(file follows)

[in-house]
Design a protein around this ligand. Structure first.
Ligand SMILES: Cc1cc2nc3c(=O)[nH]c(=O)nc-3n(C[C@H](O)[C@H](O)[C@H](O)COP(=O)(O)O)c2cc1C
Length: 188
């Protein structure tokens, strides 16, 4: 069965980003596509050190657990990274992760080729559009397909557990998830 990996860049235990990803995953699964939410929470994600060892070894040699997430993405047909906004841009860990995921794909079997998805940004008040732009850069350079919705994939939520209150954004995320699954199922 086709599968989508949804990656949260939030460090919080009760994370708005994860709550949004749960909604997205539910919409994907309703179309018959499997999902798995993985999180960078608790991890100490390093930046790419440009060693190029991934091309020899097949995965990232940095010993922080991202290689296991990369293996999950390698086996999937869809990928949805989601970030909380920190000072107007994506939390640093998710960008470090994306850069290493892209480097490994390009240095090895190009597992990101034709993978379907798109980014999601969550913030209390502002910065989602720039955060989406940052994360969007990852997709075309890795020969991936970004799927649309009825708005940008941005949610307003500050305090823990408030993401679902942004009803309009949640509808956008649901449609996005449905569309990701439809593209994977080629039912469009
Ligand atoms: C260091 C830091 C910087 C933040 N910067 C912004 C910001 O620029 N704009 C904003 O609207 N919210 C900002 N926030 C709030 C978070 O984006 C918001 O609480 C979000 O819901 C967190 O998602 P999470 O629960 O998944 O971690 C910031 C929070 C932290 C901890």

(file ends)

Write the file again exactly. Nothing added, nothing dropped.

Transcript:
[in-house]
Design a protein around this ligand. Structure first.
Ligand SMILES: Cc1cc2nc3c(=O)[nH]c(=O)nc-3n(C[C@H](O)[C@H](O)[C@H](O)COP(=O)(O)O)c2cc1C
Length: 188
């Protein structure tokens, strides 16, 4: 069965980003596509050190657990990274992760080729559009397909557990998830 990996860049235990990803995953699964939410929470994600060892070894040699997430993405047909906004841009860990995921794909079997998805940004008040732009850069350079919705994939939520209150954004995320699954199922 086709599968989508949804990656949260939030460090919080009760994370708005994860709550949004749960909604997205539910919409994907309703179309018959499997999902798995993985999180960078608790991890100490390093930046790419440009060693190029991934091309020899097949995965990232940095010993922080991202290689296991990369293996999950390698086996999937869809990928949805989601970030909380920190000072107007994506939390640093998710960008470090994306850069290493892209480097490994390009240095090895190009597992990101034709993978379907798109980014999601969550913030209390502002910065989602720039955060989406940052994360969007990852997709075309890795020969991936970004799927649309009825708005940008941005949610307003500050305090823990408030993401679902942004009803309009949640509808956008649901449609996005449905569309990701439809593209994977080629039912469009
Ligand atoms: C260091 C830091 C910087 C933040 N910067 C912004 C910001 O620029 N704009 C904003 O609207 N919210 C900002 N926030 C709030 C978070 O984006 C918001 O609480 C979000 O819901 C967190 O998602 P999470 O629960 O998944 O971690 C910031 C929070 C932290 C901890």